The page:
- 31 January 2012 | Environment
Marine mammals dive to various depths continuously throughout their lives. They dive to feed, rest, play, and numerous other activities. However, the physiological changes their bodies incur during these dives is not fully understood.
As part of this study, Long Marine Laboratory scientist are looking at the heart rate of diving marine mammals and how it may change over the course of a dive during different levels of activity.
Could heart rate be a key factor in why it is believed marine mammals do not suffer from pressure related illnesses like human divers? This is one of many questions that may be answered.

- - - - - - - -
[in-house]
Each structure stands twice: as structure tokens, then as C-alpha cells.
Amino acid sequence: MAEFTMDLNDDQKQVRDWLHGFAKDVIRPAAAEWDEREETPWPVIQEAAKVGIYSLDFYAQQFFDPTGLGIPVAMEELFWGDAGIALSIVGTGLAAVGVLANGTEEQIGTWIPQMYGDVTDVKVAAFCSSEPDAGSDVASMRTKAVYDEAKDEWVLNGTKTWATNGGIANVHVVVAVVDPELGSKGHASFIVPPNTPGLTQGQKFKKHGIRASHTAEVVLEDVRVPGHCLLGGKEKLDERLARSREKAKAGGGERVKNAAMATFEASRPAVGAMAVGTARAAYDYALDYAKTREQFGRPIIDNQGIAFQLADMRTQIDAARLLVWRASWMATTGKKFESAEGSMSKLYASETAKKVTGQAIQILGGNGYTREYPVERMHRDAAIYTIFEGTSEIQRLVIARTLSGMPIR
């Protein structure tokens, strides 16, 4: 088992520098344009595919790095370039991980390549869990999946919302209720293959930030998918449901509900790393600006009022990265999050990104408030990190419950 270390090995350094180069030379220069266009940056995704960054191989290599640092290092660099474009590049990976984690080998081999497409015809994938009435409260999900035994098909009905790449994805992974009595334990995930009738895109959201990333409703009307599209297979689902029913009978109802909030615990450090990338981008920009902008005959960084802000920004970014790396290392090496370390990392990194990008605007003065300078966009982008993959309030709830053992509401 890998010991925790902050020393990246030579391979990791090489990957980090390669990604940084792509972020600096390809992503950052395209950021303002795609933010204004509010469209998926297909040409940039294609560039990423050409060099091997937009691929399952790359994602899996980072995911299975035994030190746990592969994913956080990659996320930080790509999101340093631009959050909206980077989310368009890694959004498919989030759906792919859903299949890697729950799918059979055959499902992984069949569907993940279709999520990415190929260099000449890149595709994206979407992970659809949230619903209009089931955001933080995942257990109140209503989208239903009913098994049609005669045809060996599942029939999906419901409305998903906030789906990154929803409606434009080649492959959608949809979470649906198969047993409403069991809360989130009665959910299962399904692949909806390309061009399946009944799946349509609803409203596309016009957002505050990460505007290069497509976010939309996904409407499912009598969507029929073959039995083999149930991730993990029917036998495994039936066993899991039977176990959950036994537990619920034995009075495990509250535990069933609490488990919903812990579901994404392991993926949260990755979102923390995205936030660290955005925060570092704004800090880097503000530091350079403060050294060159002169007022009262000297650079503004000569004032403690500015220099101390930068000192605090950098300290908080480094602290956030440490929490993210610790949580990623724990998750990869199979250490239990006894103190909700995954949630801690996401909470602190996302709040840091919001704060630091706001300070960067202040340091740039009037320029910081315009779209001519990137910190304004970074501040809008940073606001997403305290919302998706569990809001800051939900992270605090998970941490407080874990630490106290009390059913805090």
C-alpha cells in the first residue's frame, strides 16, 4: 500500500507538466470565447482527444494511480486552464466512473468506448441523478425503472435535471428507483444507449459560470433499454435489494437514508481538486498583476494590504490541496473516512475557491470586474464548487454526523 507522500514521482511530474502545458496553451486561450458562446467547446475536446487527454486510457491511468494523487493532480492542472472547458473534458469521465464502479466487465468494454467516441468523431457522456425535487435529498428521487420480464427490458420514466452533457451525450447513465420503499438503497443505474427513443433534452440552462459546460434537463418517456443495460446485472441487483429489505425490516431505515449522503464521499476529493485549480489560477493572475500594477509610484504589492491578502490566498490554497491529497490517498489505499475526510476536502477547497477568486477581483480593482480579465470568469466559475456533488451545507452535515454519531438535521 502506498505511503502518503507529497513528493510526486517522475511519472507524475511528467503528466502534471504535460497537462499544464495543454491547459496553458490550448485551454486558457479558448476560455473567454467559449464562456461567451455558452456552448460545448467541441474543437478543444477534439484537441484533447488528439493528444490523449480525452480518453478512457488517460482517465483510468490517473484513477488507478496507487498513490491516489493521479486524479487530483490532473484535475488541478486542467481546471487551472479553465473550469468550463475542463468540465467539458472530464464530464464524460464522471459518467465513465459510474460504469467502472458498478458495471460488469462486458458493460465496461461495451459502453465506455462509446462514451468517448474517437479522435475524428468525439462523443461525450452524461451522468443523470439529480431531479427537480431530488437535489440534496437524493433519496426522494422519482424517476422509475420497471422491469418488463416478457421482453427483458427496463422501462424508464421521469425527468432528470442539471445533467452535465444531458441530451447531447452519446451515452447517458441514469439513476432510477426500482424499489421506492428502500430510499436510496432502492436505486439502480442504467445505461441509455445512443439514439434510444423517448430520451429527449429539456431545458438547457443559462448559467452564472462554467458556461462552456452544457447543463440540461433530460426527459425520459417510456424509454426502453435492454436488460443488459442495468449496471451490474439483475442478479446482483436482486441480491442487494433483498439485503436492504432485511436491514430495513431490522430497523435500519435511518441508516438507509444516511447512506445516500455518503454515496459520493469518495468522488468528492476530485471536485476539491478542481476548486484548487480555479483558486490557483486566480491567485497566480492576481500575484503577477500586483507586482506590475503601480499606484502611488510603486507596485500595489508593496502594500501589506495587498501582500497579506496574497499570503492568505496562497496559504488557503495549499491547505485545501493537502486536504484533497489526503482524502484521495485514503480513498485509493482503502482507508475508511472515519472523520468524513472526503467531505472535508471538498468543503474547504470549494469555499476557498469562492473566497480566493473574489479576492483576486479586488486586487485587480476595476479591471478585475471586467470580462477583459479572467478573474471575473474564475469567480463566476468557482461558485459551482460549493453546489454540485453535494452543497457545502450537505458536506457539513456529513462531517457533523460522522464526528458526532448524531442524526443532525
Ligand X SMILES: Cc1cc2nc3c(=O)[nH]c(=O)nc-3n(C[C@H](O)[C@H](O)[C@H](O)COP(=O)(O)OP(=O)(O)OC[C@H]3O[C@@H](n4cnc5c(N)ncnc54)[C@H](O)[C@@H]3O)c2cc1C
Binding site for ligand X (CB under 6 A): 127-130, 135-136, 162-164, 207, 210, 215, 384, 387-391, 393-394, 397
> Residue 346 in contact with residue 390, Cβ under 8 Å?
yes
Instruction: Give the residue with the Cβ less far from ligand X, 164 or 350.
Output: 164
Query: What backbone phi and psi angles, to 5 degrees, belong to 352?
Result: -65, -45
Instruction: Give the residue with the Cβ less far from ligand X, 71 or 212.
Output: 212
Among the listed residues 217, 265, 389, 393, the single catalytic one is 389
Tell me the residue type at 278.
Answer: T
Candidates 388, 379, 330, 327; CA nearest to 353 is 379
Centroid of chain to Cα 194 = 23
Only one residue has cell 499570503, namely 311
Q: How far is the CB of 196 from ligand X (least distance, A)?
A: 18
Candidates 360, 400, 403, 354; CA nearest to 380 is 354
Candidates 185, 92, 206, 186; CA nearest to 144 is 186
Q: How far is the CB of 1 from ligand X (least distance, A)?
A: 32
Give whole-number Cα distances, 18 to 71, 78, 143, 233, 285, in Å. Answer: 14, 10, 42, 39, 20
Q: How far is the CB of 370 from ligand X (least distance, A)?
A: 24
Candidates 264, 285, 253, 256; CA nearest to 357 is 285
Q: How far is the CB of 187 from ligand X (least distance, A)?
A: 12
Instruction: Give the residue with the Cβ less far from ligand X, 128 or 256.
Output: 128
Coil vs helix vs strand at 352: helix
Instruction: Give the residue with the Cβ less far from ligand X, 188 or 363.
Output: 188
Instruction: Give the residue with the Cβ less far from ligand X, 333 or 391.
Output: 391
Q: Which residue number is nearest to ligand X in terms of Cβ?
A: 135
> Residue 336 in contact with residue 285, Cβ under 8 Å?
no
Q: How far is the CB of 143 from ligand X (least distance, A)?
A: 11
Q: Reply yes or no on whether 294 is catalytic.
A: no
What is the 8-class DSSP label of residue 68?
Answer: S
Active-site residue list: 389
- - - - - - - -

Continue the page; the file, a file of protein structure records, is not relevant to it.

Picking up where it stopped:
In order to measure heart rate accurately, the resident animals have been trained to wear a specially designed wetsuit by O'Neill. This wetsuit carries heart rate monitoring equipment that rests against the body of the animals and is able to measure their heart rate during all stages of their dive.
Long Marine Laboratory is working in collaboration with animal facilities around the world to help gather heart rate information from a wide variety of cetacean species in a range of water temperatures and depths.
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